Washington, D.C. – April 17, 2015

I thank the World Bank, the UN Foundation and the Sustainable Development Solutions Network for organizing this Event.

We have a unique opportunity as we formulate an ambitious and transformative post-2015 development agenda to eradicate extreme poverty, improve livelihoods of people everywhere and preserve our planet.

We have to mobilize adequate financial, technological and capacity building resources in order to implement the new agenda and work towards achieving sustainable development.

The importance of data continues to be underscored in the post-2015 and Financing for Development negotiations and the high-level thematic debates I have convened in New York. Proposed SDG 17 on means of implementation has a 2020 target for increasing significantly the availability of high-quality, timely and reliable data disaggregated by income, gender, age, disability, geographic location and other characteristics, as well as improving the statistical capacity of developing countries.

Data is an important tool for planning, monitoring, and accountability, particularly with regard to implementation at national, regional and international levels.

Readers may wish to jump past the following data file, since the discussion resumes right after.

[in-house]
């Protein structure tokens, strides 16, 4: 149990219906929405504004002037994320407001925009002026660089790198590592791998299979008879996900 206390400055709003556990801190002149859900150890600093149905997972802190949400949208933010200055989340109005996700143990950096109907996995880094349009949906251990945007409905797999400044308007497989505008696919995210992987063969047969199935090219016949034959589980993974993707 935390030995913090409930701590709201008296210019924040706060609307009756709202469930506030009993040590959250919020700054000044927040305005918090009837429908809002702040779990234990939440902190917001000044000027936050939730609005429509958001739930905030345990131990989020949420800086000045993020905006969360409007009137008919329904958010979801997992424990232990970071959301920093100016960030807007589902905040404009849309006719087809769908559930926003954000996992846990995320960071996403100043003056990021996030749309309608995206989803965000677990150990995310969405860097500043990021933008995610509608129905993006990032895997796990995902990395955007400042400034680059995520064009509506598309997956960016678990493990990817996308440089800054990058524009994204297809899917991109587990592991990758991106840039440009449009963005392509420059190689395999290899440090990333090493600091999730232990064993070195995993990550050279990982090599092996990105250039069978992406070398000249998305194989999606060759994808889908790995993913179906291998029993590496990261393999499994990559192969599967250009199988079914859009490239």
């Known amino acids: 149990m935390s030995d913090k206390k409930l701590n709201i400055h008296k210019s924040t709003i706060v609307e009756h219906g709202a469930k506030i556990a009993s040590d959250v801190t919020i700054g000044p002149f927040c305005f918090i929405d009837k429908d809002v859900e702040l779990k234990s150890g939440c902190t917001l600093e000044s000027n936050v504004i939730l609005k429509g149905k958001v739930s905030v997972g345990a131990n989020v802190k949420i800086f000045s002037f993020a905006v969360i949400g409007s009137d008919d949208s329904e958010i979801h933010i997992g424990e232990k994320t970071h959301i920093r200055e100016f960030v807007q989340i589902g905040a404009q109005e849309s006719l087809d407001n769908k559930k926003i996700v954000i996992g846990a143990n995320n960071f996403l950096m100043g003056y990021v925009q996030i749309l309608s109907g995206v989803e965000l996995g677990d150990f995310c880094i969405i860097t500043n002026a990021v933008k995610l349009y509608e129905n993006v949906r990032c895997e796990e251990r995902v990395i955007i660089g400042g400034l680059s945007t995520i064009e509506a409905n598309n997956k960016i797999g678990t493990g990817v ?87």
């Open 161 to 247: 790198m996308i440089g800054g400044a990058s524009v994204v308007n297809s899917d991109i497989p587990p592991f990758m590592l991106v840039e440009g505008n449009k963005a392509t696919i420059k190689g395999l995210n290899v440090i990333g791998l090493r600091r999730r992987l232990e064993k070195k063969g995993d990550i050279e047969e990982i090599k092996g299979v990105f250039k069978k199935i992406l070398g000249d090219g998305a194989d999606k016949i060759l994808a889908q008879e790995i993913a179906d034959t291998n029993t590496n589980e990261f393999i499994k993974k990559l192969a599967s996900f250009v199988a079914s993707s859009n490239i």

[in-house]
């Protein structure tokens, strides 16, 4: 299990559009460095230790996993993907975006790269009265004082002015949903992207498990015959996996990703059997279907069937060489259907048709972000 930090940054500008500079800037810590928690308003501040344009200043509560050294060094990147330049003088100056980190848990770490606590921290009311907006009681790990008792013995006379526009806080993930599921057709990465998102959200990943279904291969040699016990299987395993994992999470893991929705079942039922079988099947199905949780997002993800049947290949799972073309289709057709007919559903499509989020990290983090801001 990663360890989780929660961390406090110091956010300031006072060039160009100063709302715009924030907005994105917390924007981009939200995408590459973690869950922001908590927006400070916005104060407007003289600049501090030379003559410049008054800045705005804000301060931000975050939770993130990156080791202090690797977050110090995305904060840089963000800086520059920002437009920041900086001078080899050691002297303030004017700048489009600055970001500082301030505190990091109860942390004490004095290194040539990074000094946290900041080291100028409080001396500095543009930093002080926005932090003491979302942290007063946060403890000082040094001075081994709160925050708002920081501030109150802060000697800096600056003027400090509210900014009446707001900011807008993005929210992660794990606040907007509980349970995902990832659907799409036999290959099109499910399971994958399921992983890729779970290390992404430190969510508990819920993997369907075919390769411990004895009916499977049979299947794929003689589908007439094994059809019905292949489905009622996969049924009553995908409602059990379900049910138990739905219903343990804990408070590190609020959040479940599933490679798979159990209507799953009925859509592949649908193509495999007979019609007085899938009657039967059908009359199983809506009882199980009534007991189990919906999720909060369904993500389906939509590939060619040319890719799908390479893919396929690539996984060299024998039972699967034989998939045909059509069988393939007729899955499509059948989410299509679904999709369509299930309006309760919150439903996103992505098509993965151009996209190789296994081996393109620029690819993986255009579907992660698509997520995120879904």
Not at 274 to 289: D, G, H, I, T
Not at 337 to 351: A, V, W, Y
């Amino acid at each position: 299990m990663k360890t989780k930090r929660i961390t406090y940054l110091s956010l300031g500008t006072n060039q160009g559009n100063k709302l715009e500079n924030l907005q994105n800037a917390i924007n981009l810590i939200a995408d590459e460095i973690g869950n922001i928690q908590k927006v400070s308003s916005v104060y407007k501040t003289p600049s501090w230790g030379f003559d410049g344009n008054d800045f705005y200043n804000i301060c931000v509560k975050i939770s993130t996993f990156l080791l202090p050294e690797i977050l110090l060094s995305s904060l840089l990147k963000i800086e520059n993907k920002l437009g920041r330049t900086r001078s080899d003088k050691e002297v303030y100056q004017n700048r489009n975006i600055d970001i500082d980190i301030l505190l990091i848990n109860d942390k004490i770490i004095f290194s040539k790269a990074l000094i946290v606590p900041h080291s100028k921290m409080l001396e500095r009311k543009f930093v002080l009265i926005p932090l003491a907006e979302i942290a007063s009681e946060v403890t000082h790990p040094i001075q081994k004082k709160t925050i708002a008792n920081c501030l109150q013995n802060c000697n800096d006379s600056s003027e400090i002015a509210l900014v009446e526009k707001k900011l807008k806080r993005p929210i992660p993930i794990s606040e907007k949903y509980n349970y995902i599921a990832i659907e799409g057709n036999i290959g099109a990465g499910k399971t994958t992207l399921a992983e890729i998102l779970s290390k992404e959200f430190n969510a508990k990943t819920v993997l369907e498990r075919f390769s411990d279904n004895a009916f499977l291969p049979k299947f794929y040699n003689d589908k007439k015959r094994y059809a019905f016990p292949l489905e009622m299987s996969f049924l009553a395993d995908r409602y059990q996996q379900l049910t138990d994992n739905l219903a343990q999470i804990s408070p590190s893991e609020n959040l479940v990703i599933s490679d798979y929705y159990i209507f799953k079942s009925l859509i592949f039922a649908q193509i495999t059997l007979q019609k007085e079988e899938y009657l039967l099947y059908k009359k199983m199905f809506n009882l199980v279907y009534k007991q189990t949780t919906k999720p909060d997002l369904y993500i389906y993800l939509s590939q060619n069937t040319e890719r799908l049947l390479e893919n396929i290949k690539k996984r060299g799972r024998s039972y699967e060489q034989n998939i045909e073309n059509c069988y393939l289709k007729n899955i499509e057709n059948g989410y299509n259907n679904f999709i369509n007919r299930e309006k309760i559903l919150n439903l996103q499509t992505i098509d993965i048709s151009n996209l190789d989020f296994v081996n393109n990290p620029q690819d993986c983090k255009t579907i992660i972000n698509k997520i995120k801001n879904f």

Accurate and timely data enables policymakers to design and evaluate policies and programmes, and to ensure that resources are used as efficiently as possible. Quality data will be essential for follow-up and review of the post-2015 development agenda.

Data that is late, unreliable, or inaccessible constrains implementation of sustainable development policies and programmes.

Data is a cross-cutting issue in many areas of the post-2015 agenda. The changing data and technology landscape means that we need to draw on the assets of all actors including governments, the UN system, international financial institutions, civil society, business, academia and others.

I look forward to hearing your perspectives on financing the data revolution for sustainable development.

Thank you for your attention.